But the same thing could be said of the theory of evolution: it's all that those dang biologists seem to talk about, and a lot of kooky people believe in evolution too. Note that neither of those factors have any significance regarding the correctness of the theory of evolution. And the same is true of the ETH, which in my view is no longer a hypothesis, but a full-fledged scientific theory. Because not only has it made a number of successful scientific predictions, but the growth of scientific knowledge in several independent disciplines over the last few decades has powerfully supported its likelihood as the correct explanation.

    At this point, the existence of advanced extraterrestrial life forms with interstellar spaceflight capability is the only rational scientific explanation on the table (setting aside cases involving exotic natural phenomena like ball lighting, and misidentifications). I'd love to see some other alternatives, but none of them hold up to scrutiny, and the cosmic trickster idea is the silliest, most flagrantly superstitious notion out there, on par with elves and fairies and the pantheons of dead religions.
     
    Last edited: Sep 5, 2018
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  8. Rick Hunter

    Rick Hunter Noble

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    I've always found it strange that the USAF put in so much time and effort to come out with that book. They don't answer to the general public nor are they under any obligation to cater to anyone's curiosity. Did they actually produce any declassified documents from the incident? As in, reports submitted by the USAF officers and men who were on the scene? Regardless of what it really was, there should have been hundreds of pages of documents generated by all the personnel involved.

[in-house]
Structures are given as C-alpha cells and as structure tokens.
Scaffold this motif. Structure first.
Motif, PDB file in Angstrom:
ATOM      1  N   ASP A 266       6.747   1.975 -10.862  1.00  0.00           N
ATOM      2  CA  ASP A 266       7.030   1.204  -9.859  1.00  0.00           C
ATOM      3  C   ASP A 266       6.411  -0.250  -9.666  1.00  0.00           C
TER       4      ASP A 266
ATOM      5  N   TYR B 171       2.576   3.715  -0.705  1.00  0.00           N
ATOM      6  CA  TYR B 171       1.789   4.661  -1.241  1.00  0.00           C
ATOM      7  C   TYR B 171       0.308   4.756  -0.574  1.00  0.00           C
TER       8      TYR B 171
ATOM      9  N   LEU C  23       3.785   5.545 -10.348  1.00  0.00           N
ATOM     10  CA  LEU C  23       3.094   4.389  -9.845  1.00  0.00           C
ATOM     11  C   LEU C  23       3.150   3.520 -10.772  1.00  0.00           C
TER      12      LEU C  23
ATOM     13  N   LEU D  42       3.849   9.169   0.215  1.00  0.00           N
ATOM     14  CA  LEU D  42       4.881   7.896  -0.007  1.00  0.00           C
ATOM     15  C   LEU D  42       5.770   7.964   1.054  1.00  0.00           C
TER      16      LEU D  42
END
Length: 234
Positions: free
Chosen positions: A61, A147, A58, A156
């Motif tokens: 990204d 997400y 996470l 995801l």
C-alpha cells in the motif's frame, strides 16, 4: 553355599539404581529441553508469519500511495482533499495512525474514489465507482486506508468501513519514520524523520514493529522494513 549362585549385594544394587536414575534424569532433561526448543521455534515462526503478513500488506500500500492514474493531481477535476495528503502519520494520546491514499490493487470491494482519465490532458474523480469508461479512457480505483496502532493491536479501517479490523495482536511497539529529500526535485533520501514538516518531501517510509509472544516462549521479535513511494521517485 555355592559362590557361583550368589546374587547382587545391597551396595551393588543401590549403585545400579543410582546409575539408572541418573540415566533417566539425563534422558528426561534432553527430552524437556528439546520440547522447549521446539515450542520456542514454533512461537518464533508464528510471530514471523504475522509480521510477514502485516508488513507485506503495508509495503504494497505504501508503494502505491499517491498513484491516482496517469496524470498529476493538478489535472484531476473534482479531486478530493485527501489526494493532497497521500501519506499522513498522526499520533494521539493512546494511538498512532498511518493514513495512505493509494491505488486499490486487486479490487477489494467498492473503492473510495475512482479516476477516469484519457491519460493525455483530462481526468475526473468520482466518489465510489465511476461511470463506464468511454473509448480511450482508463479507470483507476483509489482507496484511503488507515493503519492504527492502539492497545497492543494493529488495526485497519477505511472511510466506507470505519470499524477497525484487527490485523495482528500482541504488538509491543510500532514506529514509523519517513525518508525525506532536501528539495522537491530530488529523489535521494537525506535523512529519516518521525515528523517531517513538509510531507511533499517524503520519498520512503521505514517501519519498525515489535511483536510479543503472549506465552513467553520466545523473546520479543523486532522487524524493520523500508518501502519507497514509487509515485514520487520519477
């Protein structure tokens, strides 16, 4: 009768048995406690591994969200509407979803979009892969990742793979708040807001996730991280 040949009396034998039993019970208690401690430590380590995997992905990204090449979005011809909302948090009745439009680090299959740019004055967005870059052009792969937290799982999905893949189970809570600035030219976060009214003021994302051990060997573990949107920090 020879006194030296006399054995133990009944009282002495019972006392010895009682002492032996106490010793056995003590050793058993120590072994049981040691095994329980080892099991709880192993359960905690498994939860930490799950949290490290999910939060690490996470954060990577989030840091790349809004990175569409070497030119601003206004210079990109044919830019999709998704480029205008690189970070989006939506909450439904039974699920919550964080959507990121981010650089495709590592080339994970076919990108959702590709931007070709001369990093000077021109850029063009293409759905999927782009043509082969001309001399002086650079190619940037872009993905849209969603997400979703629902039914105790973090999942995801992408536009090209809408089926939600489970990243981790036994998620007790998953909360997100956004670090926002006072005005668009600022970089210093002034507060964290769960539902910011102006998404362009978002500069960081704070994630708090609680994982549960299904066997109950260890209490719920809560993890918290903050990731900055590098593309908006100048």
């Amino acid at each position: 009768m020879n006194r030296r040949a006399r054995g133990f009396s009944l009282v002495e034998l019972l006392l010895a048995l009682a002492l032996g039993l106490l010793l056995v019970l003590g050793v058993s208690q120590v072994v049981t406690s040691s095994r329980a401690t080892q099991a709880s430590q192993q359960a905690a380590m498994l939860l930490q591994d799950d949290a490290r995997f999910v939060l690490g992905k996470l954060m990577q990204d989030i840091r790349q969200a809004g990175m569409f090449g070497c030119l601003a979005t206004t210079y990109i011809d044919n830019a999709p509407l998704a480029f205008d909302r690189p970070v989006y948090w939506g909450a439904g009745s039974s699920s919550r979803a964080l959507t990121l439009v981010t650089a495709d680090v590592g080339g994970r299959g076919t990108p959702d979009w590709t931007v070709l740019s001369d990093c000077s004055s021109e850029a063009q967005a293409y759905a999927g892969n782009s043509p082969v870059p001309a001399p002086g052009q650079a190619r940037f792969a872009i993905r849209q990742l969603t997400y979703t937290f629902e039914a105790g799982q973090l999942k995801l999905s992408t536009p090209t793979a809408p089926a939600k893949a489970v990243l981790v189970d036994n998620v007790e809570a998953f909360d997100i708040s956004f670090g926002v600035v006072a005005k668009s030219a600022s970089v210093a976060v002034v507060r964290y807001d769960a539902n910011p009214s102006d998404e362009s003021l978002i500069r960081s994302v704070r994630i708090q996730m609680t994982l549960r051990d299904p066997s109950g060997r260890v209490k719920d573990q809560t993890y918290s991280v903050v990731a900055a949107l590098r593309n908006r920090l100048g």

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  9. Thomas R. Morrison

    Thomas R. Morrison Administrator

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    I remember the crazy fiasco that unfolded in 1993-95 when Representative Steven H. Schiff, NM, decided to look into the Roswell incident by requesting the Air Force records from that time period.

    First he asked the Air Force to declassify and provide him with all of the official material from the incident, but instead they referred him to the National Archives, which he took as an insulting brush-off, because it was. The National Archives promptly told him that they had nothing. So Schiff filed a formal request with the General Accounting Office (GAO), which is the investigative arm of Congress. Then suddenly the Air Force had records after all – that’s when the Project Mogul story came out, in lieu of any actual records from the base dating from the time period in question, which the Air Force claimed had been destroyed without proper authority. But of course whenever military records become classified, they respond to requests for them by saying that they’re destroyed/nonexistent.

    Even the Washington Post reported that the GAO believed that the Air Force was lying:

    “Investigators at the General Accounting Office are quietly skeptical about whether the Air Force told the truth when responding to a controversial request for information by a member of Congress in 1993.”
    ROSWELL INCIDENT' REVISITS AIR FORCE

    That whole article is fascinating, by the way.

    Eighteen months earlier, Schiff had said this, in another Washington Post article about his efforts to get records about the Roswell incident:

    "'Generally, I'm a skeptic on UFOs and alien beings, but there are indications from the runaround that I got that whatever it was, it wasn't a balloon. Apparently, it's another government coverup,' Schiff said."
    GAO TURNS TO ALIEN TURF IN PROBE

    Schiff issued a press release about his frustrations with the Air Force regarding his request for Roswell documents: